Yamaha Introduces a New Generation of Revstar Guitars

A renewed lineup of Revstar electric guitars feature a unique 5-way switching circuit and comes in three tiers: Element, Standard, and made-in Japan Professional.


All new Revstar models feature unique switching options for increased versatility. Revstar Element models feature the Dry Switch high-pass filter introduced in the original series. Revstar Standard and Professional models, available with either humbuckers or P90-style single-coil pickups, feature the Focus Switch—a passive boost function that evokes the sound of overwound pickups—as well as a unique five-way switching circuit that offers a new twist on classic “in-between” sounds.

The new Revstar series comes in three tiers: Element, Standard, and the made-in-Japan Professional. All models feature chambered bodies developed with the signature Yamaha Acoustic Design process. Using advanced measurement and modeling tools, Yamaha developed the chambering pattern to precisely shape tone and increase resonance while lowering weight and optimizing balance. The renewed lineup also introduces a new neck profile across all models, a new range of racing inspired finishes, and the first left-handed models in the series’ history.

Yamaha | Revstar Series | Cardinal Black Perform at Rockfield Studios

RSP02T/RSP20 MSRP: $3,200.00.

RSS02T/RSS20/RSS20L MSRP: $1,260.00 and $1,340.00 left-handed models.

RSE20/RSE20L MSRP: $786.00 and $864.00 left-handed models.

More info at: https://usa.yamaha.com/products/musical_instruments/guitars_basses

A chambered body and enhanced switching make this affordable Revstar light and loaded with tones.

Scads of cool tone combinations. Articulate pickups. Relatively light. Balanced and comfortable. Well built.

Some P-90 players might miss the extra grit the Revstar trades for articulation.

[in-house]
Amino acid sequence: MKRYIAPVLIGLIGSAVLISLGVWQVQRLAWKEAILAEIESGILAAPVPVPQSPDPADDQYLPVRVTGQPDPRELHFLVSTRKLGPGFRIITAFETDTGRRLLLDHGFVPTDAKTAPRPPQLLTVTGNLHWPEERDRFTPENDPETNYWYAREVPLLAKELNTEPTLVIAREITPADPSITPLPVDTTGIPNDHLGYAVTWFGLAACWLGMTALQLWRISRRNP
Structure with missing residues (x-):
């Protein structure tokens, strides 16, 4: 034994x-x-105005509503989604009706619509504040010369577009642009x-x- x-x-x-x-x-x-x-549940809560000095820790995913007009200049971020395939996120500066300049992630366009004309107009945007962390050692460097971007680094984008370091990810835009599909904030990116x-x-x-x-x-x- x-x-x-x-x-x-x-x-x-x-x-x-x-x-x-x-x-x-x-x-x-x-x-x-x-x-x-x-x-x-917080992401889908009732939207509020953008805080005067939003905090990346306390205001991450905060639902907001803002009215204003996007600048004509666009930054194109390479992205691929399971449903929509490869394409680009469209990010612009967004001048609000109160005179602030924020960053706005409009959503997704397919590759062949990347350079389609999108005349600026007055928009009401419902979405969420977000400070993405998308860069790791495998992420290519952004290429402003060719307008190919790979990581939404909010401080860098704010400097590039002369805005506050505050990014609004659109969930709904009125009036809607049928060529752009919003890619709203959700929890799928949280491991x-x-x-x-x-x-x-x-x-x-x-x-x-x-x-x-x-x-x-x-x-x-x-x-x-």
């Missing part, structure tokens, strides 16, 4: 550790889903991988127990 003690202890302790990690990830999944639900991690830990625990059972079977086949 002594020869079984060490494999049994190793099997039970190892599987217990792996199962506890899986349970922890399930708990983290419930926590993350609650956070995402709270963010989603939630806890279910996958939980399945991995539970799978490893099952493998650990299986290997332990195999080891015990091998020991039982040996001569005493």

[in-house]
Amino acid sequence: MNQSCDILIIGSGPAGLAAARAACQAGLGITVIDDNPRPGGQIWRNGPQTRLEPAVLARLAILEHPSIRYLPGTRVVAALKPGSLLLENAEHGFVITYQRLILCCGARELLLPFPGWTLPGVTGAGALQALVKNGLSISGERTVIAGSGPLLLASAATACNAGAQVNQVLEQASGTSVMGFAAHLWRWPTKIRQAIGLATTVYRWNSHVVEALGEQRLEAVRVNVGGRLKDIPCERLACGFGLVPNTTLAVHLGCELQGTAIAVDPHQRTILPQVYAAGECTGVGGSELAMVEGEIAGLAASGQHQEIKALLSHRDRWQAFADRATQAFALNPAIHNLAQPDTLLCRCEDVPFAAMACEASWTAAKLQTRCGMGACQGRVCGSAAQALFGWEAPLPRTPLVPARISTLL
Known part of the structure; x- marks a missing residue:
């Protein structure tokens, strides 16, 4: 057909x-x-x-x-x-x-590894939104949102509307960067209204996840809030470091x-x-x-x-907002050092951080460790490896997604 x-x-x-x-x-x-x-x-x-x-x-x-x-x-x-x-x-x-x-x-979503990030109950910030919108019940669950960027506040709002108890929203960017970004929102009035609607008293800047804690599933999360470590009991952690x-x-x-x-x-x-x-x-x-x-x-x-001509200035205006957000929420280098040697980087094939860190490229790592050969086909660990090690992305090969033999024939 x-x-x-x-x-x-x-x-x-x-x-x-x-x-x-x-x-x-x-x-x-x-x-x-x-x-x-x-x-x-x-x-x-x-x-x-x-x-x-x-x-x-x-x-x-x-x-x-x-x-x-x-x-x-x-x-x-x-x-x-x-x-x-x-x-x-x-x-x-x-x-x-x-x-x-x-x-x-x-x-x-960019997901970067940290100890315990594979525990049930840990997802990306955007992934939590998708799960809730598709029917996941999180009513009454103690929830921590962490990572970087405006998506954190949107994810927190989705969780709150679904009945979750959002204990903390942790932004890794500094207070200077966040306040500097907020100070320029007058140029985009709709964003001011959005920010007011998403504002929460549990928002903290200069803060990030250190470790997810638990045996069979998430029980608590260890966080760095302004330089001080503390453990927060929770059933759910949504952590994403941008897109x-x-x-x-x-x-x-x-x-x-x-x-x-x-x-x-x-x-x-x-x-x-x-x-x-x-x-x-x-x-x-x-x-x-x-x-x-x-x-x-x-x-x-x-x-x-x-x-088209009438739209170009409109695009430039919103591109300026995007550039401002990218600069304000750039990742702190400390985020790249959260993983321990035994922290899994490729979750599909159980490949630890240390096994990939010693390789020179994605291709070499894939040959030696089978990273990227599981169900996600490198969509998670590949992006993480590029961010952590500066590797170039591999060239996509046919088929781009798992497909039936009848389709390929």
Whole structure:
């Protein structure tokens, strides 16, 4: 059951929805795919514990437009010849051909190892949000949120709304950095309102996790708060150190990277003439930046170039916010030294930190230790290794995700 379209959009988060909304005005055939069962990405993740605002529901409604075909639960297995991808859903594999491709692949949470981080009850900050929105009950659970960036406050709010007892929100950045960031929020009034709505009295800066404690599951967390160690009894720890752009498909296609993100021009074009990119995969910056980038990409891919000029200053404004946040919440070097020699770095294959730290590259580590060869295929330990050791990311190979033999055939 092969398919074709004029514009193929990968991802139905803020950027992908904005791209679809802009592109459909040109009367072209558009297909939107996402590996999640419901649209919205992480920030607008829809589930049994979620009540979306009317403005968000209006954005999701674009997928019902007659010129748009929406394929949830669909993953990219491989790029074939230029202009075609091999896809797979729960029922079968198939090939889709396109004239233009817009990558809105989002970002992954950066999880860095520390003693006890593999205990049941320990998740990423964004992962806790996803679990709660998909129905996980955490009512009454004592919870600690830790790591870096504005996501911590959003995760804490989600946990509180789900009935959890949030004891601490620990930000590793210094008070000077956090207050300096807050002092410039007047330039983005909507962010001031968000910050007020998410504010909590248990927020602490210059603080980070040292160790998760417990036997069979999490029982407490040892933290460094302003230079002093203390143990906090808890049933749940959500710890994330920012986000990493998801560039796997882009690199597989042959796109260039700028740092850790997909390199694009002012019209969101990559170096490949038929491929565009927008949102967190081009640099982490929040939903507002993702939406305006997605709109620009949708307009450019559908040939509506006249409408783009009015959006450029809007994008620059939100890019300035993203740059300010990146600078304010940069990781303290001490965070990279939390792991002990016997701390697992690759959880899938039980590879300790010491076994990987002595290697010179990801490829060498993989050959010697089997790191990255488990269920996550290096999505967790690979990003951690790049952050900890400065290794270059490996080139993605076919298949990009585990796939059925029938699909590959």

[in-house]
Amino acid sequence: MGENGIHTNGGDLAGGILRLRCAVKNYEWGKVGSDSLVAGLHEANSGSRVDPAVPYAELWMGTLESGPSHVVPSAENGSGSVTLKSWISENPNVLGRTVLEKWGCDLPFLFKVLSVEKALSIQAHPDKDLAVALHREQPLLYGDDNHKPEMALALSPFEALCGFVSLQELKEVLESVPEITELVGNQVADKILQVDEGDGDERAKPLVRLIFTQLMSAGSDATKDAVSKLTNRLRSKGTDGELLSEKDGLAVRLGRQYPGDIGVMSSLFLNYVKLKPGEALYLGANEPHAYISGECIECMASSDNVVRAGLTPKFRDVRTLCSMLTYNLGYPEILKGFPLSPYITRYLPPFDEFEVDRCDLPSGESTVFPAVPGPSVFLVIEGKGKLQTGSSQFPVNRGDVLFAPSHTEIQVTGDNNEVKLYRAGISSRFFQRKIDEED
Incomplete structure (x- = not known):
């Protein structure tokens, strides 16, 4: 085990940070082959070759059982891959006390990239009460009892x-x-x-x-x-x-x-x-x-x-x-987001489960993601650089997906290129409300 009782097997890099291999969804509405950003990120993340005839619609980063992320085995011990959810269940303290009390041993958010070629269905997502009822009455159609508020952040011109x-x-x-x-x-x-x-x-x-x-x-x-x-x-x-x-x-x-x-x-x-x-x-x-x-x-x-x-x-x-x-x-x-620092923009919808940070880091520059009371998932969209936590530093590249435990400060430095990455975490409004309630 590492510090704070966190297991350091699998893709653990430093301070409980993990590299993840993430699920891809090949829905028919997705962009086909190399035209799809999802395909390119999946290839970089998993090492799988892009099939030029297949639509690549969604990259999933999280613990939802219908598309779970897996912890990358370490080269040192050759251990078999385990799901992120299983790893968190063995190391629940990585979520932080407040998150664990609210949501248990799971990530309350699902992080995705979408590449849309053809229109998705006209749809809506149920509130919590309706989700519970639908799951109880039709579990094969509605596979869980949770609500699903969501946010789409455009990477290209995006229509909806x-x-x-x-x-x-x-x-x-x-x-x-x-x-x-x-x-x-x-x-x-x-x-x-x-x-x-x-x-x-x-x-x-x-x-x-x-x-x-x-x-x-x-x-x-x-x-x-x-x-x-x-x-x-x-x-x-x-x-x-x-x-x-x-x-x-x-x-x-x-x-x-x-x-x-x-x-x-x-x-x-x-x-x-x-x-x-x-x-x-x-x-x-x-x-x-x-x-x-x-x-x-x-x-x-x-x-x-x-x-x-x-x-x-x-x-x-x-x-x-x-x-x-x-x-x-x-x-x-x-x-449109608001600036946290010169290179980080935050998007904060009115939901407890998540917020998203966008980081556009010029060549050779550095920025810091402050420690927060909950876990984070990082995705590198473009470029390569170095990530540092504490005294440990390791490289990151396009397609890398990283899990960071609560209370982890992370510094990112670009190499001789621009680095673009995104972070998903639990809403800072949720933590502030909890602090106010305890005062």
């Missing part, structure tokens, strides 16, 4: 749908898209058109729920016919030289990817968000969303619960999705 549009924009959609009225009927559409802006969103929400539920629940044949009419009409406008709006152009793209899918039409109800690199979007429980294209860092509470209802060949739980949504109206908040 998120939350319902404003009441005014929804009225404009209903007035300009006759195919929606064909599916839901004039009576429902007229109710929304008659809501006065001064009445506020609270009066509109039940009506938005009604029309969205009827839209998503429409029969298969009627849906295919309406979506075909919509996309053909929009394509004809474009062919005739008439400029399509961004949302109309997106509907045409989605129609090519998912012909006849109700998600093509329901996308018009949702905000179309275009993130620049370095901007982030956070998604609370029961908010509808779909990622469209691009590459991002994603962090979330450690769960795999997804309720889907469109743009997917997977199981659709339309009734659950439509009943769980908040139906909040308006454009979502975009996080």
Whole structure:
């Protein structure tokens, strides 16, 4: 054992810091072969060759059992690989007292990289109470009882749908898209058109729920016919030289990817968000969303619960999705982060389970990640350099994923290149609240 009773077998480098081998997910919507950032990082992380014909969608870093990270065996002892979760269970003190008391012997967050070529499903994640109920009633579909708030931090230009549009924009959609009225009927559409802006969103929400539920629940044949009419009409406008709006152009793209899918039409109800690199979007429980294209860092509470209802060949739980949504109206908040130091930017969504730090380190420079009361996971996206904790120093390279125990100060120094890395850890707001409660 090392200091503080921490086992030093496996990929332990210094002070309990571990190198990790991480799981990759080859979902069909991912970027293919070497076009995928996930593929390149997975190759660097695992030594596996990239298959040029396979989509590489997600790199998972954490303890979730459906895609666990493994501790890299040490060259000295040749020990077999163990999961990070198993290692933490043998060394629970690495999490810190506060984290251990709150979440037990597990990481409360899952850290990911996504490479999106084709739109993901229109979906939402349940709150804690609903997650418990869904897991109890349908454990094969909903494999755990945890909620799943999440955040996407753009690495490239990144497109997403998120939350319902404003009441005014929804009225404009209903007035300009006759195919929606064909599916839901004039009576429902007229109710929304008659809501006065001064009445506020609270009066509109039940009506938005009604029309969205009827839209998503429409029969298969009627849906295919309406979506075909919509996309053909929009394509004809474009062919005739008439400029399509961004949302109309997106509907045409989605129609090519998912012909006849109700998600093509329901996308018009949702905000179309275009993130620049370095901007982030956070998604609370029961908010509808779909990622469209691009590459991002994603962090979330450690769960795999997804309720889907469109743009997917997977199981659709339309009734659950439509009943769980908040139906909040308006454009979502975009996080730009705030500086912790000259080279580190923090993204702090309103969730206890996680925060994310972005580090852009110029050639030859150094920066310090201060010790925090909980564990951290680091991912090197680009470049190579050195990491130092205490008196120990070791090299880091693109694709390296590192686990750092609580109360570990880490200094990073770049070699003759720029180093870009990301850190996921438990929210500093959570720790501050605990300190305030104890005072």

Yamaha Revstar Standard RSS02T
usa.yamaha.com

4.5
4.5
4.5
4.5

While the Yamaha name is famous in circles beyond the guitar world, they’ve made first-class guitars since the 1960s. And while they don’t unleash new releases with the frequency of some larger guitar brands, every now and then they come down the mountain with a new axe that reminds us of their capacity to build great electric 6-strings. In 2015, Yamaha introduced the first generation Revstar. With a handsome aesthetic inspired by the company’s motorcycle racing heritage, the Revstar combined sweet playability and vintage style touchstones. This year, Yamaha gave the Revstar an overhaul—including body chambering, updated pickups, and new switching. What’s impressive is how these alterations enhance the already impressive playability and versatility of the original.

Read MoreShow less

See a sampling of picks used by famous guitarists over the years.

Marty Stuart

Submit your own artist pick collections to rebecca@premierguitar.com for inclusion in a future gallery.

My years-long search for the “right” Bigsby-outfitted box finally paid off. Now how do I make this sumbitch work in my band?

Considering the amount of time I’ve spent (here and elsewhere) talking about and lusting after Gretsch hollowbody guitars, it’s taken me a remarkably long time to end up with a big Bigsby-outfitted box I truly love. High-end Gretsches are pricey enough that, for a long time, I just couldn’t swing it. Years ago I had an Electromatic for a while, and it looked and played lovely, but didn’t have the open, blooming acoustic resonance I hoped for. A while later, I reviewed the stellar Players Edition Broadkaster semi-hollow, and it was so great in so many ways that I set my sights on it, eventually got one, and adore it to this day. Yet the full-hollowbody lust remained.

Read MoreShow less
x